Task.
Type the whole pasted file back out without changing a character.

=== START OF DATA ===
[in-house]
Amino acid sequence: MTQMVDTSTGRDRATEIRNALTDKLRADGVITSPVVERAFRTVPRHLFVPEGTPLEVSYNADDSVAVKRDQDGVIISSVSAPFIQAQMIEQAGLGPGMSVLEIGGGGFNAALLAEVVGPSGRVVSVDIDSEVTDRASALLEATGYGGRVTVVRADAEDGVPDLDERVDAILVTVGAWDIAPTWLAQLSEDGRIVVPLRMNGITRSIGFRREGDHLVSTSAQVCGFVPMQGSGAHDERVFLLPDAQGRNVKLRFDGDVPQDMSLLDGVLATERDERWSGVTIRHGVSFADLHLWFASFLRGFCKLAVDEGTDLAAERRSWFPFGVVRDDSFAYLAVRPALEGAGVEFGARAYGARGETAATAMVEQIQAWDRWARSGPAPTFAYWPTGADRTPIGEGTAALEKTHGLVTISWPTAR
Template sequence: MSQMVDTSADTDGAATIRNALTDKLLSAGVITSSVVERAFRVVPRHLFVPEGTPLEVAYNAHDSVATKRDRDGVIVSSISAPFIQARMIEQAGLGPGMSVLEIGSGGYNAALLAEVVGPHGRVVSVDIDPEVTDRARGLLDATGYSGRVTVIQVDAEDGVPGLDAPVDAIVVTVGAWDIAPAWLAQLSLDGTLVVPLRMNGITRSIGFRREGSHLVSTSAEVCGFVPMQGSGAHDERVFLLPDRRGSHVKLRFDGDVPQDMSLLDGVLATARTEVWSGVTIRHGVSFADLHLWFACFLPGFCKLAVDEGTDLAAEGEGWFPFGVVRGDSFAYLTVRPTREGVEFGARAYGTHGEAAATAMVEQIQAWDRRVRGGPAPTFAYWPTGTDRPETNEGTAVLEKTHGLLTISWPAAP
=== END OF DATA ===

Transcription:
[in-house]
Amino acid sequence: MTQMVDTSTGRDRATEIRNALTDKLRADGVITSPVVERAFRTVPRHLFVPEGTPLEVSYNADDSVAVKRDQDGVIISSVSAPFIQAQMIEQAGLGPGMSVLEIGGGGFNAALLAEVVGPSGRVVSVDIDSEVTDRASALLEATGYGGRVTVVRADAEDGVPDLDERVDAILVTVGAWDIAPTWLAQLSEDGRIVVPLRMNGITRSIGFRREGDHLVSTSAQVCGFVPMQGSGAHDERVFLLPDAQGRNVKLRFDGDVPQDMSLLDGVLATERDERWSGVTIRHGVSFADLHLWFASFLRGFCKLAVDEGTDLAAERRSWFPFGVVRDDSFAYLAVRPALEGAGVEFGARAYGARGETAATAMVEQIQAWDRWARSGPAPTFAYWPTGADRTPIGEGTAALEKTHGLVTISWPTAR
Template sequence: MSQMVDTSADTDGAATIRNALTDKLLSAGVITSSVVERAFRVVPRHLFVPEGTPLEVAYNAHDSVATKRDRDGVIVSSISAPFIQARMIEQAGLGPGMSVLEIGSGGYNAALLAEVVGPHGRVVSVDIDPEVTDRARGLLDATGYSGRVTVIQVDAEDGVPGLDAPVDAIVVTVGAWDIAPAWLAQLSLDGTLVVPLRMNGITRSIGFRREGSHLVSTSAEVCGFVPMQGSGAHDERVFLLPDRRGSHVKLRFDGDVPQDMSLLDGVLATARTEVWSGVTIRHGVSFADLHLWFACFLPGFCKLAVDEGTDLAAEGEGWFPFGVVRGDSFAYLTVRPTREGVEFGARAYGTHGEAAATAMVEQIQAWDRRVRGGPAPTFAYWPTGTDRPETNEGTAVLEKTHGLLTISWPAAP